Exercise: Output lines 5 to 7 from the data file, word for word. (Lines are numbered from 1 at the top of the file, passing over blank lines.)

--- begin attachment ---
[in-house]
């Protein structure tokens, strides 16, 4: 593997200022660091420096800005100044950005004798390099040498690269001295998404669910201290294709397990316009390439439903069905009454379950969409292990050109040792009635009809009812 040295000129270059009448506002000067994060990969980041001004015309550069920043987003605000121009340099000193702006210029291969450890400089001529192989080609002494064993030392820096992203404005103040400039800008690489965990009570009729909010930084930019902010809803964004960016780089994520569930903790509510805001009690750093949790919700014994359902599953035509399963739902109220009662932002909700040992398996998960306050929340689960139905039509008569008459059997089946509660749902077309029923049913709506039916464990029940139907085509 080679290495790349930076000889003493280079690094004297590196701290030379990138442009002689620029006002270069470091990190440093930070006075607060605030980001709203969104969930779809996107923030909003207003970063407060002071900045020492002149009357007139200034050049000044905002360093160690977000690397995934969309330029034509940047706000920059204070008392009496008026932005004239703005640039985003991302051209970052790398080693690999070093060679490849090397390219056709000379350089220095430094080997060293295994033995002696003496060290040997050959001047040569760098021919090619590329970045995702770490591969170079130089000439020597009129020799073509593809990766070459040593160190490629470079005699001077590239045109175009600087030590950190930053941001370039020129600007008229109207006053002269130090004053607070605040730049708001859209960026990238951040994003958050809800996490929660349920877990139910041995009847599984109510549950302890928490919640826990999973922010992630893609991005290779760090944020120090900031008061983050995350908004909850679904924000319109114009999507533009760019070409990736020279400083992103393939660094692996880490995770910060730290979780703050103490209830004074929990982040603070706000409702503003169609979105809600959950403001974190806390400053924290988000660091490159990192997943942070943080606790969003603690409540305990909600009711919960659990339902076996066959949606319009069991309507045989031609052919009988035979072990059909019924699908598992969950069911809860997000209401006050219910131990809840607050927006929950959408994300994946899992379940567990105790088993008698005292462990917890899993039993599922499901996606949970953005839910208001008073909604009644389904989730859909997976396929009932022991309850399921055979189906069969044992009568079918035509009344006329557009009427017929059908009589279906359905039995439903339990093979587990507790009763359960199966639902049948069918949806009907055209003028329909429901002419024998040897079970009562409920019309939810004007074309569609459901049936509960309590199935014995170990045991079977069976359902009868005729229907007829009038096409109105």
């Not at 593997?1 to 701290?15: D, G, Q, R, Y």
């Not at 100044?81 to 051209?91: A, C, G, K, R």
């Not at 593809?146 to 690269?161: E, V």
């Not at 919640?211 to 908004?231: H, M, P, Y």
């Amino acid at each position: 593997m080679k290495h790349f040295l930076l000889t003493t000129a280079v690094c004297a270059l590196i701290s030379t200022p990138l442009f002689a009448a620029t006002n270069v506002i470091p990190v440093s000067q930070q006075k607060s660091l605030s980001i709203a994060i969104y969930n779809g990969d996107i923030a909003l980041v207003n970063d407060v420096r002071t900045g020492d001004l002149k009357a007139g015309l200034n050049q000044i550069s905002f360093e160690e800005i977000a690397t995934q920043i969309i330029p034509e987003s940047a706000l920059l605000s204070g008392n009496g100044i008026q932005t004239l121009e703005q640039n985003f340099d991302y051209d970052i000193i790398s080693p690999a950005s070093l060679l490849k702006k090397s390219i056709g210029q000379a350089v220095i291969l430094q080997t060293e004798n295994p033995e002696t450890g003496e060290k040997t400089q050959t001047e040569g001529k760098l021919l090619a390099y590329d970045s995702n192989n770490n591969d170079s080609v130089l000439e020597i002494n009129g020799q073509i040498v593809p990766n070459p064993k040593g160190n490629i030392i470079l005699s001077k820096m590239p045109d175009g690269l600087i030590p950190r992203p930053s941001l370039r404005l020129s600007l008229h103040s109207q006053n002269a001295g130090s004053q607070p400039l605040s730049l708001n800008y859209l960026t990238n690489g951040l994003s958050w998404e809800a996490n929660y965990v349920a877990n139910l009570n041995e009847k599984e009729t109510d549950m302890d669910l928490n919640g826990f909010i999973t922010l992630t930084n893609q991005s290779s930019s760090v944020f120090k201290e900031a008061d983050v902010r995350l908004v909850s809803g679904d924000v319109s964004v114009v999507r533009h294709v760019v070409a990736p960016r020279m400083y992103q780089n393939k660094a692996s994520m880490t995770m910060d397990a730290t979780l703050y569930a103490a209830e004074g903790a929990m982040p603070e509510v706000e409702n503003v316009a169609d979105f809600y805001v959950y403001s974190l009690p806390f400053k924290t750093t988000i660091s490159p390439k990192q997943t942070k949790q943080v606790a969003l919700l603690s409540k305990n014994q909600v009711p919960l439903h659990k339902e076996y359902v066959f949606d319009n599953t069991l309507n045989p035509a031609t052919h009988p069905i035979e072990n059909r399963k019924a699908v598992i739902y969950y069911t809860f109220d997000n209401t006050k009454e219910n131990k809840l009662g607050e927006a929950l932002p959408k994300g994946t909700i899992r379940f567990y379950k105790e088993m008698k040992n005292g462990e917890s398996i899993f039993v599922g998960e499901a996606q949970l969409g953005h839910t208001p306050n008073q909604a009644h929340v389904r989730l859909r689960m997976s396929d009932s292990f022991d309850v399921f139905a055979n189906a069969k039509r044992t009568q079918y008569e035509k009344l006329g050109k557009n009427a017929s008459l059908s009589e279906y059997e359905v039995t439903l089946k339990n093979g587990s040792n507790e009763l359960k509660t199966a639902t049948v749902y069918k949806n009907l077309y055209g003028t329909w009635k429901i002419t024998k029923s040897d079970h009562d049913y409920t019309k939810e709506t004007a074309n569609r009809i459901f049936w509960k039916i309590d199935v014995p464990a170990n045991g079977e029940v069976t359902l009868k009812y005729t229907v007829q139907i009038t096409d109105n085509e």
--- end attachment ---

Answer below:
């Not at 593809?146 to 690269?161: E, V």
């Not at 919640?211 to 908004?231: H, M, P, Y």
């Amino acid at each position: 593997m080679k290495h790349f040295l930076l000889t003493t000129a280079v690094c004297a270059l590196i701290s030379t200022p990138l442009f002689a009448a620029t006002n270069v506002i470091p990190v440093s000067q930070q006075k607060s660091l605030s980001i709203a994060i969104y969930n779809g990969d996107i923030a909003l980041v207003n970063d407060v420096r002071t900045g020492d001004l002149k009357a007139g015309l200034n050049q000044i550069s905002f360093e160690e800005i977000a690397t995934q920043i969309i330029p034509e987003s940047a706000l920059l605000s204070g008392n009496g100044i008026q932005t004239l121009e703005q640039n985003f340099d991302y051209d970052i000193i790398s080693p690999a950005s070093l060679l490849k702006k090397s390219i056709g210029q000379a350089v220095i291969l430094q080997t060293e004798n295994p033995e002696t450890g003496e060290k040997t400089q050959t001047e040569g001529k760098l021919l090619a390099y590329d970045s995702n192989n770490n591969d170079s080609v130089l000439e020597i002494n009129g020799q073509i040498v593809p990766n070459p064993k040593g160190n490629i030392i470079l005699s001077k820096m590239p045109d175009g690269l600087i030590p950190r992203p930053s941001l370039r404005l020129s600007l008229h103040s109207q006053n002269a001295g130090s004053q607070p400039l605040s730049l708001n800008y859209l960026t990238n690489g951040l994003s958050w998404e809800a996490n929660y965990v349920a877990n139910l009570n041995e009847k599984e009729t109510d549950m302890d669910l928490n919640g826990f909010i999973t922010l992630t930084n893609q991005s290779s930019s760090v944020f120090k201290e900031a008061d983050v902010r995350l908004v909850s809803g679904d924000v319109s964004v114009v999507r533009h294709v760019v070409a990736p960016r020279m400083y992103q780089n393939k660094a692996s994520m880490t995770m910060d397990a730290t979780l703050y569930a103490a209830e004074g903790a929990m982040p603070e509510v706000e409702n503003v316009a169609d979105f809600y805001v959950y403001s974190l009690p806390f400053k924290t750093t988000i660091s490159p390439k990192q997943t942070k949790q943080v606790a969003l919700l603690s409540k305990n014994q909600v009711p919960l439903h659990k339902e076996y359902v066959f949606d319009n599953t069991l309507n045989p035509a031609t052919h009988p069905i035979e072990n059909r399963k019924a699908v598992i739902y969950y069911t809860f109220d997000n209401t006050k009454e219910n131990k809840l009662g607050e927006a929950l932002p959408k994300g994946t909700i899992r379940f567990y379950k105790e088993m008698k040992n005292g462990e917890s398996i899993f039993v599922g998960e499901a996606q949970l969409g953005h839910t208001p306050n008073q909604a009644h929340v389904r989730l859909r689960m997976s396929d009932s292990f022991d309850v399921f139905a055979n189906a069969k039509r044992t009568q079918y008569e035509k009344l006329g050109k557009n009427a017929s008459l059908s009589e279906y059997e359905v039995t439903l089946k339990n093979g587990s040792n507790e009763l359960k509660t199966a639902t049948v749902y069918k949806n009907l077309y055209g003028t329909w009635k429901i002419t024998k029923s040897d079970h009562d049913y409920t019309k939810e709506t004007a074309n569609r009809i459901f049936w509960k039916i309590d199935v014995p464990a170990n045991g079977e029940v069976t359902l009868k009812y005729t229907v007829q139907i009038t096409d109105n085509e």